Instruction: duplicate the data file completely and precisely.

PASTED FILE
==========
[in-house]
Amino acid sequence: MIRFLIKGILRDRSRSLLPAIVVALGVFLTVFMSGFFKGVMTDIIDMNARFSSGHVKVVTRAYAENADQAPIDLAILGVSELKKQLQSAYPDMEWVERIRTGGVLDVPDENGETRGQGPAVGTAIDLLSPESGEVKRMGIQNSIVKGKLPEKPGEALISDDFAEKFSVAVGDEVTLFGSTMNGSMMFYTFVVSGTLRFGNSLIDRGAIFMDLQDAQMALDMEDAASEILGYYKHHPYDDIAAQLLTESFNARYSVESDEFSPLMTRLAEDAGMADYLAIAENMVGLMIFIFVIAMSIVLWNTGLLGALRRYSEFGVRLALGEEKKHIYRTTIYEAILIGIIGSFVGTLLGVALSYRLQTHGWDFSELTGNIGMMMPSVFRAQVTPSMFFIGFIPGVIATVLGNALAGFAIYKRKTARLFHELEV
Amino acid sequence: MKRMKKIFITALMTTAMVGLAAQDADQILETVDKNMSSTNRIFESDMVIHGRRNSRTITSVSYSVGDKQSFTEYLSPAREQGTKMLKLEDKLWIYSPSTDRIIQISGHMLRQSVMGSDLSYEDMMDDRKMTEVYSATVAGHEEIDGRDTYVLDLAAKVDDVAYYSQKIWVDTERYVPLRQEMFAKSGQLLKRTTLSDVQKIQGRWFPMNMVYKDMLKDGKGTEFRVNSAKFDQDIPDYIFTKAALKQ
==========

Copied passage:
[in-house]
Amino acid sequence: MIRFLIKGILRDRSRSLLPAIVVALGVFLTVFMSGFFKGVMTDIIDMNARFSSGHVKVVTRAYAENADQAPIDLAILGVSELKKQLQSAYPDMEWVERIRTGGVLDVPDENGETRGQGPAVGTAIDLLSPESGEVKRMGIQNSIVKGKLPEKPGEALISDDFAEKFSVAVGDEVTLFGSTMNGSMMFYTFVVSGTLRFGNSLIDRGAIFMDLQDAQMALDMEDAASEILGYYKHHPYDDIAAQLLTESFNARYSVESDEFSPLMTRLAEDAGMADYLAIAENMVGLMIFIFVIAMSIVLWNTGLLGALRRYSEFGVRLALGEEKKHIYRTTIYEAILIGIIGSFVGTLLGVALSYRLQTHGWDFSELTGNIGMMMPSVFRAQVTPSMFFIGFIPGVIATVLGNALAGFAIYKRKTARLFHELEV
Amino acid sequence: MKRMKKIFITALMTTAMVGLAAQDADQILETVDKNMSSTNRIFESDMVIHGRRNSRTITSVSYSVGDKQSFTEYLSPAREQGTKMLKLEDKLWIYSPSTDRIIQISGHMLRQSVMGSDLSYEDMMDDRKMTEVYSATVAGHEEIDGRDTYVLDLAAKVDDVAYYSQKIWVDTERYVPLRQEMFAKSGQLLKRTTLSDVQKIQGRWFPMNMVYKDMLKDGKGTEFRVNSAKFDQDIPDYIFTKAALKQ